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Re: starship-design: Pellet track
Timothy van der Linden wrote:
>>>If the pellets are slow moving, then what is the use of pellets?
>>>Catching pellets like this, will not give a significant energy advantage
>>>over taking the pellets with you (=attached to the starship) from the start.
>>The advantages are:
>>1. You only have to accelerate the unfueled ship.
>But you have to do more trouble to add momentum from the pellets.
>The higher their relative velocity, the more energy is needed to add an
>equal amount of momentum. (dE=0.5*dp*v)
>In a self-fueled ship you don't have this problem, the mass that is on board
>has zero relative velocity and thus momentum can be added much easier.
While this is true, the advantage I state is still there. There is the
disadvantage of the potential extra difficulty in deriving momentum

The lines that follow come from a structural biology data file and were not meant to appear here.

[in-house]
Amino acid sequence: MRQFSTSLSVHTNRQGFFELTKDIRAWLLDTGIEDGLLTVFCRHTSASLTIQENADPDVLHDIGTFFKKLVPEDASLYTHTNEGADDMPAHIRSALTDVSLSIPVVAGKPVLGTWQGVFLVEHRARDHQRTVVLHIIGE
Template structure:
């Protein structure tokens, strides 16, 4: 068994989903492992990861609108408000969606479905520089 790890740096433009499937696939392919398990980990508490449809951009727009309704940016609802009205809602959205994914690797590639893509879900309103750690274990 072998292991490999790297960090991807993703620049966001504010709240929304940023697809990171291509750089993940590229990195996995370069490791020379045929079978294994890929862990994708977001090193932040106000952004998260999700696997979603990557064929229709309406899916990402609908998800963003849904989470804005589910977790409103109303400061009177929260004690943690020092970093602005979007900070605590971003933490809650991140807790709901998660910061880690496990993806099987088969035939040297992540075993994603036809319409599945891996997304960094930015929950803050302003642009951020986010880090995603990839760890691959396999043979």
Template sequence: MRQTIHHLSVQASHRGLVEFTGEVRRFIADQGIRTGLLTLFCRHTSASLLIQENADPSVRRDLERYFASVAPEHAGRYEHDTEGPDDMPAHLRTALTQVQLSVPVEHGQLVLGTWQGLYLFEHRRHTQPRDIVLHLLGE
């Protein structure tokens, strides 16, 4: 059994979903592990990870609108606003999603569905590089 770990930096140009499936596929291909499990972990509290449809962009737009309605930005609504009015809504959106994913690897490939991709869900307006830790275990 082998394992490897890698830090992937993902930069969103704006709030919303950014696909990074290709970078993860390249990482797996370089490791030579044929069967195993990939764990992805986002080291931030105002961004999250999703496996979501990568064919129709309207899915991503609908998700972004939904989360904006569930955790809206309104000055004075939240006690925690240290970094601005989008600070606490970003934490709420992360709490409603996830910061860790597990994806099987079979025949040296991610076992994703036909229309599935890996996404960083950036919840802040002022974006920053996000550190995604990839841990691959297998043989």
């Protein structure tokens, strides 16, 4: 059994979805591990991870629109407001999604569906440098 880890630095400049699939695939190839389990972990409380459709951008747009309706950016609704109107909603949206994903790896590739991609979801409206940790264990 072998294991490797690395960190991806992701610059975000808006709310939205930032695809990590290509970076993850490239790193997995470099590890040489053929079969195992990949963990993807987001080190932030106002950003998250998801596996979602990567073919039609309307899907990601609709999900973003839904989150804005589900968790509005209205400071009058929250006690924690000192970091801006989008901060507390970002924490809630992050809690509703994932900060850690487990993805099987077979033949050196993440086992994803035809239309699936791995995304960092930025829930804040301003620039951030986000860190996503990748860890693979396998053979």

from the pellets (but due to the way fusion power works, my bet is that
the latter difficulty is not nearly as significant).
>My guess it that both effects cancel out.
Probably not. The problem of accelerating a fueled ship is a difficulty
which rises in proportion to the propellant/payload ratio--this goes up
exponentially with desired cruise velocity. The problem of accelerating
pellets is a difficulty which rises _linearly_ in proportion to desired
cruise velocity (or at worst with the square of the desired cruise
Thus, if the propellant/payload ratio is rather low, the fueled ship
wins out. If the propellant/payload ratio is rather high, the unfueled
ship wins out.
>As long as you use the same amount of mass as for a self-fueled ship, a
>pellet track design needs just as much energy!
>However if you use more mass, and thus add less momentum per unit of weight,
>then you can indeed save energy.
I imagine going this route--not to save energy, but to reduce _power_
requirements. The objective is to make the starship itself as lean
and mean as possible, offloading all the work into whatever is setting
up the acceleration tracks. However, the starship itself must have
magnetic fields strong enough to contain the fusion reactions, and
can only handle so much at a time (assuming superconductor coils, the